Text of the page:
“Cameo the Assassin” is an adventure novel, and one that works, but that isn’t what I found to love the most about it. No, it’s the underlying message that snatched me by the eyelids and forced me to look deeper. You see, to this reviewer’s eye, Cameo the character isn’t just an alcoholic killer. No, she is much, much more than that. She is a metaphor for the battered woman; a survivor, dead on the inside, strong in a certain way, with a knowledge of all the horrible things that have happened to her, and yet always, around every corner, she is a slave to that pain and the men in her life who inflict it upon her. She was a rape victim, an abuse victim, and a victim of the supernatural, and she allows them to define her. Even her relationship with Opal, who is outside that sort of misogynistic realm, is defined by his feelings for her, and not the other way around. This shows great character weakness, and is sorrowful in its reality, though presented in a fantastical way. This is my favorite part of all, and a reason in and of itself to pick up this book.

Now, one might wonder, with all the praise I’ve heaped upon this book, why I gave it four stars instead of five. I do this because of the only problem I had with the novel, which is the way it was written. It is constructed in third person omniscient, which is to me the worst of all points of view. We jump into and out of every character’s head from one paragraph to the next, which can be 1) confusing, and 2) irritating. Now, I understand that it isn’t technically the wrong way to do things, but I personally can’t stand it, and think it’s actually a bit lazy, so I’m docking a point.

With that being said, I still loved it, which should tell you something about how good the story is. It’s definitely worth the couple bucks it’ll take to try it out, and I think anyone who reads this review should do just that.

Cameo the Assassin’s Amazon page
Posted by Robert Duperre at 8:38 PM

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New Review!

Cameo the Assassin, a historical novel from Dawn McCollough-White, is an engaging, fast-paced romp about highwaymen, assassins, Lockenwood vampires, their victims, and their evaders in an age when “who knew there were so many vampires running around.”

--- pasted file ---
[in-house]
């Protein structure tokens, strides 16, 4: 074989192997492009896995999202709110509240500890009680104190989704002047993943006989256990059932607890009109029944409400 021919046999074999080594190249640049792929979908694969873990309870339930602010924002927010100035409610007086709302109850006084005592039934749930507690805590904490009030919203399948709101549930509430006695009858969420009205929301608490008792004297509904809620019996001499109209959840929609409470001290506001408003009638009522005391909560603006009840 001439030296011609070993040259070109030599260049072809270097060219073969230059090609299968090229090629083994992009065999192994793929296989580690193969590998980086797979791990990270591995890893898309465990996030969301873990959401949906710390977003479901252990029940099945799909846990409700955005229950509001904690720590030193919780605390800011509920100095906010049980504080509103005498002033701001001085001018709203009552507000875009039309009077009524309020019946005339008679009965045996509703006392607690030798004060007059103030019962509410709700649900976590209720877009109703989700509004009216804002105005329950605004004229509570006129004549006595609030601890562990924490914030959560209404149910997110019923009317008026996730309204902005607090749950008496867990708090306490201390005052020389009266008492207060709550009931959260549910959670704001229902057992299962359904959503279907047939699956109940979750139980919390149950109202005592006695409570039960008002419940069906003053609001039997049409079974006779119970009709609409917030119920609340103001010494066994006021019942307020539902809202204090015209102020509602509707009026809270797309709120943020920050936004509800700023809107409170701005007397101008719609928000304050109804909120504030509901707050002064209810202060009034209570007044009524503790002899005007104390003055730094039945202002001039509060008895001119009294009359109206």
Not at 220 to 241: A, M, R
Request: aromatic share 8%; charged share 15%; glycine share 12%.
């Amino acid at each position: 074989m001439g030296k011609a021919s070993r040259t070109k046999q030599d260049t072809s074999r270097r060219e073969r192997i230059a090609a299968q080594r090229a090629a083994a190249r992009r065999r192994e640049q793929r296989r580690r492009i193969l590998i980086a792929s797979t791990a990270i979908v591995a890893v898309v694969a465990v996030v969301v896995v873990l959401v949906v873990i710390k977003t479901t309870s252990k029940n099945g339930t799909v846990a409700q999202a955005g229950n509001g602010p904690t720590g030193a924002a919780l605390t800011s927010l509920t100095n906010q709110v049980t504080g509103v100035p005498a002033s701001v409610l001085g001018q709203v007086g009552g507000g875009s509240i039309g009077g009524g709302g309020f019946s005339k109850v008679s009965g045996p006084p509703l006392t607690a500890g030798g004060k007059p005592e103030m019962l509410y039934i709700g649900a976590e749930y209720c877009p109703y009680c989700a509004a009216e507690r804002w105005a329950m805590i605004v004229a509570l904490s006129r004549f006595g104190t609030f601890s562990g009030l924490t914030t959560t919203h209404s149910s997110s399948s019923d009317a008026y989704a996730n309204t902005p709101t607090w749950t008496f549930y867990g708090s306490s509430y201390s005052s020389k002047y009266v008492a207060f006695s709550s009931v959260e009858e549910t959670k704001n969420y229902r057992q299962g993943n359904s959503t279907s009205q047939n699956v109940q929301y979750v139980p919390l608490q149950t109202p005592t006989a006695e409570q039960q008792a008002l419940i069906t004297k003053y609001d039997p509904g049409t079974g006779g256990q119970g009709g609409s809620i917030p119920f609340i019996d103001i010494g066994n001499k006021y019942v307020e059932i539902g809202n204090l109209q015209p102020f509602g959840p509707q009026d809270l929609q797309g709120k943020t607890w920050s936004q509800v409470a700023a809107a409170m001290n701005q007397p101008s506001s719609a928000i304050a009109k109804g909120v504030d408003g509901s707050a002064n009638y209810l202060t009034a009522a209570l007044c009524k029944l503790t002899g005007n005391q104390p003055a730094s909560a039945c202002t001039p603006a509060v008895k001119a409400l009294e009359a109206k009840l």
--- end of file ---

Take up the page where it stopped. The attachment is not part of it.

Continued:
Cameo, an alias for Gwen, “the thrall of a vampire,” has two masters to serve. One is Wick, the aging, spell-casting head of the Association of Assassins, who assigns missions to the battle-scarred Cameo. The other is Haffef, Cameo’s vampire “Master,” who years ago rescued her from certain death after her vicious rape and beating and a deadly attack upon her younger sister. The one wants her to kill the prince of the Kingdom of Sieunes; the other wants her to unearth her sister’s bones and return them to him. Her life is further conflicted when she agrees to become the bodyguard for Kyrian, a fifteen-year-old acolyte healer who needs to travel to the Temple of the Sun at King’s Basin. As she balances her missions and battles the forces of evil set against her on all sides, she overcomes assassins sent to kill her, seeks revenge against highwaymen who have robbed her of her namesake cameo brooch, develops an arms-length relationship with one of the brigands, and confronts Wick in a deadly duel.
The action is rapid and the multi-layered plot is well-constructed and paced accordingly, with several instances of wry humour despite the overall darkness of the themes. The characters—whether likeable or detestable—are credible. The historical settings, although imaginary, are recognizable, with their references to weaponry like rapiers, swords, and muskets, and travel by horses and coaches. Images of Haffef when he “slipped through the floor feet first” or of the world-weary Cameo swigging from her ever-handy flask create clear pictures in the reader’s mind. The majority of the novel’s text is made up of dialogue, and the way each character speaks is well-suited to their personality.

McCullough-White produced this novel through “spontaneous trance writing.” A sequel to Cameo is obviously in the making, and readers will hope the next instalment is as much fun as the first.

M. Wayne Cunningham
For Words Clarion Review